‘Tis the season for fun and festive holiday-themed offerings from companies. But what happens when your company’s holiday product doesn’t quite meet consumer expectations? As Reese’s recently found out, taking on critics in a clever way can actually generate more brand goodwill. (highlight to tweet)
It started innocently. Consumers purchased Reese’s Peanut Butter Cup Trees, expecting to find a tree-shaped piece of candy. Unfortunately for Reese’s, what consumers actually found didn’t quite resemble the shape of a tree.
— Bucky Keen (@DoomBucky) November 2, 2015
With consumer conversations about the misshapen trees reaching a fever pitch on social media, Reese’s took a unique approach by taking on its critics in a clever way with a series of content proclaiming #AllTreesAreBeautiful.
REESE’S celebrates trees of all shapes and sizes. It’s not what it looks like, it’s what it tastes like. pic.twitter.com/8KURar00UX
— REESE’S (@ReesesPBCups) December 2, 2015
— REESE’S (@ReesesPBCups) December 3, 2015
— REESE’S (@ReesesPBCups) December 4, 2015
— REESE’S (@ReesesPBCups) December 6, 2015
— REESE’S (@ReesesPBCups) December 12, 2015
While the creative is extremely clever, it’s important to note that Reese’s didn’t stop there. The company is also proactively responding to consumers who tweet about their misshapen trees with a series of fun and playful responses.
— REESE’S (@ReesesPBCups) December 15, 2015
— REESE’S (@ReesesPBCups) December 15, 2015
— Steph Jill Cartin (@stephjillabrams) December 14, 2015
So, what can you learn from this festive faux pas turned engagement win?
Don’t Jump Straight Into an Apology
It’s easy to default to an apology in these situations. Had Reese’s gone down this path, the story would have been covered differently and potentially discouraged consumer purchases. Instead, the company was smart to take a step back, assess the situation, and take a creative approach to responding. The response acknowledges the misshapen trees and the 1:1 responses speak to their value proposition—the same delicious Reese’s Peanut Butter Cup taste that consumers love. As a result of this approach, Reese’s is changing the story narrative while generating positive engagement with its customers.
Respond to as Many Consumers as Possible
In crisis or sensitive situations, companies often panic and default to a blast response on their social media channels. Taking this approach will maximize the reach and awareness of the problem. In Reese’s case, a series of proactive blast responses makes sense because their take on the situation was humorous and the goal was to reach a maximum volume of customers. However, when the issue is negative but hasn’t generated attention from the news media, it might not be.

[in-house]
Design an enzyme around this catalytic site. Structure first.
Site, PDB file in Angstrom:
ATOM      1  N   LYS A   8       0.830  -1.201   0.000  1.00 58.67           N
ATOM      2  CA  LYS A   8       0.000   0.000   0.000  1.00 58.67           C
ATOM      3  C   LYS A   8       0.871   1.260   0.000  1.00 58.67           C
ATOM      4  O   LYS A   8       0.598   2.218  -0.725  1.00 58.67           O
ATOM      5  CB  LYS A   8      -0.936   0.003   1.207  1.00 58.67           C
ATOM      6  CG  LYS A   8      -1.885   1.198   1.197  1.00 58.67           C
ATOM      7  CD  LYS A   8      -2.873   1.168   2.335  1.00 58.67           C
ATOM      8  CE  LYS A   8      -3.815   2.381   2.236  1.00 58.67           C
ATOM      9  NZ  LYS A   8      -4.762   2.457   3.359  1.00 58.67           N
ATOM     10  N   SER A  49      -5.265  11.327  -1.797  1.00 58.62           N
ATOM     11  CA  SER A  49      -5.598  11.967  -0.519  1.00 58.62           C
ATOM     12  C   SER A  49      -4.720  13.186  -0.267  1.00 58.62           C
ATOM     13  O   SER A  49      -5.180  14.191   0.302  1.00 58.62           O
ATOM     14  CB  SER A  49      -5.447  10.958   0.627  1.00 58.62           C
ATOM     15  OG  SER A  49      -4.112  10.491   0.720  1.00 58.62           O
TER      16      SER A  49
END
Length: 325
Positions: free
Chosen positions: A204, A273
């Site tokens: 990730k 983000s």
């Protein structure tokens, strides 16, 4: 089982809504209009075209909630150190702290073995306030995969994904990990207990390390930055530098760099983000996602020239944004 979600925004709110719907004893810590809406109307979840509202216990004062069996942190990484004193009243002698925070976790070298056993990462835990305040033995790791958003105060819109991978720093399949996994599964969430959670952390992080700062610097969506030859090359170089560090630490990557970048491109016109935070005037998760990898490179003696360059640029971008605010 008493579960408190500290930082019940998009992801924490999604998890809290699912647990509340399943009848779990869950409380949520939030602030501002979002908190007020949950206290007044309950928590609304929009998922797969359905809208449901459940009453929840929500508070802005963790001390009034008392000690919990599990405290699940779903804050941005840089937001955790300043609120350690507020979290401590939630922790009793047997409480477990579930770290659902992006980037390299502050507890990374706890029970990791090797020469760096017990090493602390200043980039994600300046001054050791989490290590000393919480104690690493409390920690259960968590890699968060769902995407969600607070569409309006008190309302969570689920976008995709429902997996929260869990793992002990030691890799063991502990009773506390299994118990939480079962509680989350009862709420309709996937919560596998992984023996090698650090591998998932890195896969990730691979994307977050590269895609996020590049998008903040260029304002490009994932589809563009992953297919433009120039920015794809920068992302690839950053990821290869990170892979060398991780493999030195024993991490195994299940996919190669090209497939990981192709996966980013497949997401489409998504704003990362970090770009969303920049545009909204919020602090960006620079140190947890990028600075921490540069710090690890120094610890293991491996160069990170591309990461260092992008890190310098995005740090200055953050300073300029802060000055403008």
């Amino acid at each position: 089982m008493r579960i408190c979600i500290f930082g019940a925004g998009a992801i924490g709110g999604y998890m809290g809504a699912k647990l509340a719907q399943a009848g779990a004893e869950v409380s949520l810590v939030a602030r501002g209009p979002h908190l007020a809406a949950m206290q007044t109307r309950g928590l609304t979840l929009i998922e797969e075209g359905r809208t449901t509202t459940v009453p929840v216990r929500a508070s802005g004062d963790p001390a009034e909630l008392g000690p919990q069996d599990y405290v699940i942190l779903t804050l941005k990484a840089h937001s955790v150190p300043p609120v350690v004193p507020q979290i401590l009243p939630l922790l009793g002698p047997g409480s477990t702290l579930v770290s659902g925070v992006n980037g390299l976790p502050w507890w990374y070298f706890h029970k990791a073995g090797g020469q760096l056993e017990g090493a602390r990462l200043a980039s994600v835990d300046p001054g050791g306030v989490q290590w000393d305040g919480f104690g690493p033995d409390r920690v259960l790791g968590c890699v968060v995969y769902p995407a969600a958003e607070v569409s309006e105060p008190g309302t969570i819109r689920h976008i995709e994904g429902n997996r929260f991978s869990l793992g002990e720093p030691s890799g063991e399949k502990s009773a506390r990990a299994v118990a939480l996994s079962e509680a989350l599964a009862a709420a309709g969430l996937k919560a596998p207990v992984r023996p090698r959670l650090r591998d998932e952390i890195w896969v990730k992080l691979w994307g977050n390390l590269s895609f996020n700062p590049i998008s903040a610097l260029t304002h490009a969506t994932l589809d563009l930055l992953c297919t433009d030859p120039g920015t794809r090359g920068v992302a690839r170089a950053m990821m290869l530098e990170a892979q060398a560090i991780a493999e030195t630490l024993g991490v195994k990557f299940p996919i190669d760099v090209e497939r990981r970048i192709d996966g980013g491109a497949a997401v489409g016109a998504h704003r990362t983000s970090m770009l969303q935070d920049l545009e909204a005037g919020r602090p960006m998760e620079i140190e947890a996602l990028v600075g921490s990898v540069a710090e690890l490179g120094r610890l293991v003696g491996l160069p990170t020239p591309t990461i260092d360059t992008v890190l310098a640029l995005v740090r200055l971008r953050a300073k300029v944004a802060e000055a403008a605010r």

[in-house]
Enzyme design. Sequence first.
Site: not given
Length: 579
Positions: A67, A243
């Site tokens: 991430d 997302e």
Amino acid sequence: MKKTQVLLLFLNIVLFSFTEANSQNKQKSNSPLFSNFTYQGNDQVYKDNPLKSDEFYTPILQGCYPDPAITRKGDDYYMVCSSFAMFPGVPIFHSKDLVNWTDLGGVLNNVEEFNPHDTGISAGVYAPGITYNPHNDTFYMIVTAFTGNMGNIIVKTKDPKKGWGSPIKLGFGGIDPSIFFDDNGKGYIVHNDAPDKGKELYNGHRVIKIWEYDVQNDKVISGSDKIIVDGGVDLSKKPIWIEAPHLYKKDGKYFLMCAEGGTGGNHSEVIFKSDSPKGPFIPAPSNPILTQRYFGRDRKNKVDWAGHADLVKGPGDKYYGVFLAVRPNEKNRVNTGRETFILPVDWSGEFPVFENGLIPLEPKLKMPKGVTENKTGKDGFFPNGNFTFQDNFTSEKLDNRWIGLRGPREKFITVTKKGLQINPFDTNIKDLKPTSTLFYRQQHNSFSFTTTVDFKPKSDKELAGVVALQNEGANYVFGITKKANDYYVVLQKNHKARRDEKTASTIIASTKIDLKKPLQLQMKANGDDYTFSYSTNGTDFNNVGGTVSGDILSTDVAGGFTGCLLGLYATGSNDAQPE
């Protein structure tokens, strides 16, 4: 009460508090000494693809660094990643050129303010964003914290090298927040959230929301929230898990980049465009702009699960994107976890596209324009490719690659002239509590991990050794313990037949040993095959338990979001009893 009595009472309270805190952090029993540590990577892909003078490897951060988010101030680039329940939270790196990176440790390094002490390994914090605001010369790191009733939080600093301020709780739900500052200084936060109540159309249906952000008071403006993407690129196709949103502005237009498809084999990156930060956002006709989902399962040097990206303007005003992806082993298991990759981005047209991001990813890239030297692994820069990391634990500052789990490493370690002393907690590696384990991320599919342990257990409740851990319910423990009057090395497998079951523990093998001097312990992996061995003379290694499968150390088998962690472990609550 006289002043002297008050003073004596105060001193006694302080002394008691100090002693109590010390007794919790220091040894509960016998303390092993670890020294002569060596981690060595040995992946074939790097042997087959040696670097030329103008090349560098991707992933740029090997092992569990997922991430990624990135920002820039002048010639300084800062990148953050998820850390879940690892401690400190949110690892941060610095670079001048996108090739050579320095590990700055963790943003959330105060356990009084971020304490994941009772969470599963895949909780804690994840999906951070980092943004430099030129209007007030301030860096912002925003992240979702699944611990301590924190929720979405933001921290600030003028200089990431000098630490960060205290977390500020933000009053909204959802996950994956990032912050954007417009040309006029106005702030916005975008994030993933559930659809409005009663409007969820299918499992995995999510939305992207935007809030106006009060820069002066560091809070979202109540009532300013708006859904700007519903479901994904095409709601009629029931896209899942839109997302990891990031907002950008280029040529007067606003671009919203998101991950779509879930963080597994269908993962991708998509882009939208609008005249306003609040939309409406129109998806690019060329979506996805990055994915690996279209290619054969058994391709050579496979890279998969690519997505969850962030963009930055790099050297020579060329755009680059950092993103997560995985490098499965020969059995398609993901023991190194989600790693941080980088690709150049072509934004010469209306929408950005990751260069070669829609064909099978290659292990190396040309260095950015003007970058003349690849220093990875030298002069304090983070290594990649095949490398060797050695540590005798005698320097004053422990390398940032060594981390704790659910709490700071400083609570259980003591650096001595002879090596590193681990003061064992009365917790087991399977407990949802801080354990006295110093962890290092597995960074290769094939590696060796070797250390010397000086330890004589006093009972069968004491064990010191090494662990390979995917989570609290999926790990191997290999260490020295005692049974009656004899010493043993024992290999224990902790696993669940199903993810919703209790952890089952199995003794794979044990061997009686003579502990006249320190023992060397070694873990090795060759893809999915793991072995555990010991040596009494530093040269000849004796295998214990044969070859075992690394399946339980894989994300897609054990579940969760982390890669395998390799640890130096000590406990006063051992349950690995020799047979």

The alternative? Respond to as many consumers as possible, if not all. If you’re at the helm of a large, enterprise company during a crisis, this can be tough with a huge volume of messages to manage. Integrating social listening with the rest of your social media management solution will help you isolate and respond to conversations in real-time about the issue.
If the issue is generating a high volume of comments and is ongoing over multiple days to a week, it’s helpful to give team members shifts to avoid fatigue. Having all team members on the same platform is also critical to ensure that there will be no duplicate responses, and the next team member knows exactly where to pick up. On the consumer end, developing a variety of approved responses keeps the brand from feeling robotic, something which worked well for Reese’s.
Uncover and Reward Brand Advocates
As seen with the comments to Reese’s, many brand advocates came to the company’s defense during #TreeGate. This is one of many reasons why companies need to invest in advocacy programs. When advocates feel connected to a brand, they will share their experiences, highlight new products, and even stand up for a company in times of crisis.
Interestingly, crisis or negative situations also offer a good opportunity to uncover new brand advocates. It’s easy to get lost in the sea of messages and ruthlessly prioritize during sensitive situations, but smart companies do their diligence. Make sure to go back and thank or acknowledge their support. The prospect of being heard and a simple thank you goes a long way, especially if you want them in the trenches with you for the next dust-up.
Get more content like this, plus the very BEST marketing education, totally free. Get our Definitive email newsletter.